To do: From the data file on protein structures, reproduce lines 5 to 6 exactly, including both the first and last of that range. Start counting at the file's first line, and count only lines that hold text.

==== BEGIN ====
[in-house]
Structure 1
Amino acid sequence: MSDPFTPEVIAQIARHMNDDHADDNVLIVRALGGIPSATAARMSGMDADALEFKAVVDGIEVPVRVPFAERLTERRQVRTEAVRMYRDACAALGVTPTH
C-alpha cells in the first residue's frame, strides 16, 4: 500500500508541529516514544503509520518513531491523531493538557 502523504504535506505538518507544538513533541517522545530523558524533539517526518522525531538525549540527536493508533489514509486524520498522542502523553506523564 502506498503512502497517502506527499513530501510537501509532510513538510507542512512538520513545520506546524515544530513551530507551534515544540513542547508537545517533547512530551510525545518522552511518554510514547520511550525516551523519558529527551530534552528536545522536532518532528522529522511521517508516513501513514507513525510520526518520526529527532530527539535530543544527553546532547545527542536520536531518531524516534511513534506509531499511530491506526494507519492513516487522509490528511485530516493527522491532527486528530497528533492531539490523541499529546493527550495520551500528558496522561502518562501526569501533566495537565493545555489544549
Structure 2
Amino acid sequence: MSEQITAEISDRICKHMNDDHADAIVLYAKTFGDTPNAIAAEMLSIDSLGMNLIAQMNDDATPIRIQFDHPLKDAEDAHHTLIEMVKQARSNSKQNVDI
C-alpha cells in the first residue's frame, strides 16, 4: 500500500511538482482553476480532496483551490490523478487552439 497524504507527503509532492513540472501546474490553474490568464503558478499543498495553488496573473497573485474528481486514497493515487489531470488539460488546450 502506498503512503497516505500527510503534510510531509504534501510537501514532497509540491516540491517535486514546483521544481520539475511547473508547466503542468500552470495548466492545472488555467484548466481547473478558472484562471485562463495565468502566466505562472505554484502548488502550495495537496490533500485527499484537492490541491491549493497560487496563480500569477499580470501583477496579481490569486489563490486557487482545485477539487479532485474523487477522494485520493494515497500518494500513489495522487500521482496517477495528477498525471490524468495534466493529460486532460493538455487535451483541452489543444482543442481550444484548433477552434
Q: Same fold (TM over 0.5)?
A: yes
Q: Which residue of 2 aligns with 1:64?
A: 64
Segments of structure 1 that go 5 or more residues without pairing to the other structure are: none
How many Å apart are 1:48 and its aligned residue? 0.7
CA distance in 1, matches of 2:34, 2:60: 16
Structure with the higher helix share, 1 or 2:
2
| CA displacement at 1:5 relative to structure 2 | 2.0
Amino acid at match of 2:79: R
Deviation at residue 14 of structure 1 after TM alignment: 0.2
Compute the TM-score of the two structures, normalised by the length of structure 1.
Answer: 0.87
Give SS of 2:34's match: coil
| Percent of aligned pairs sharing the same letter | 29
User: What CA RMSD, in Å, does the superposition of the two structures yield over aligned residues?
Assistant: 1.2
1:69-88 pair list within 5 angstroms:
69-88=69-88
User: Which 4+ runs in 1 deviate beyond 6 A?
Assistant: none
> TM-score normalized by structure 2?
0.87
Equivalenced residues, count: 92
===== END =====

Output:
Structure 2
Amino acid sequence: MSEQITAEISDRICKHMNDDHADAIVLYAKTFGDTPNAIAAEMLSIDSLGMNLIAQMNDDATPIRIQFDHPLKDAEDAHHTLIEMVKQARSNSKQNVDI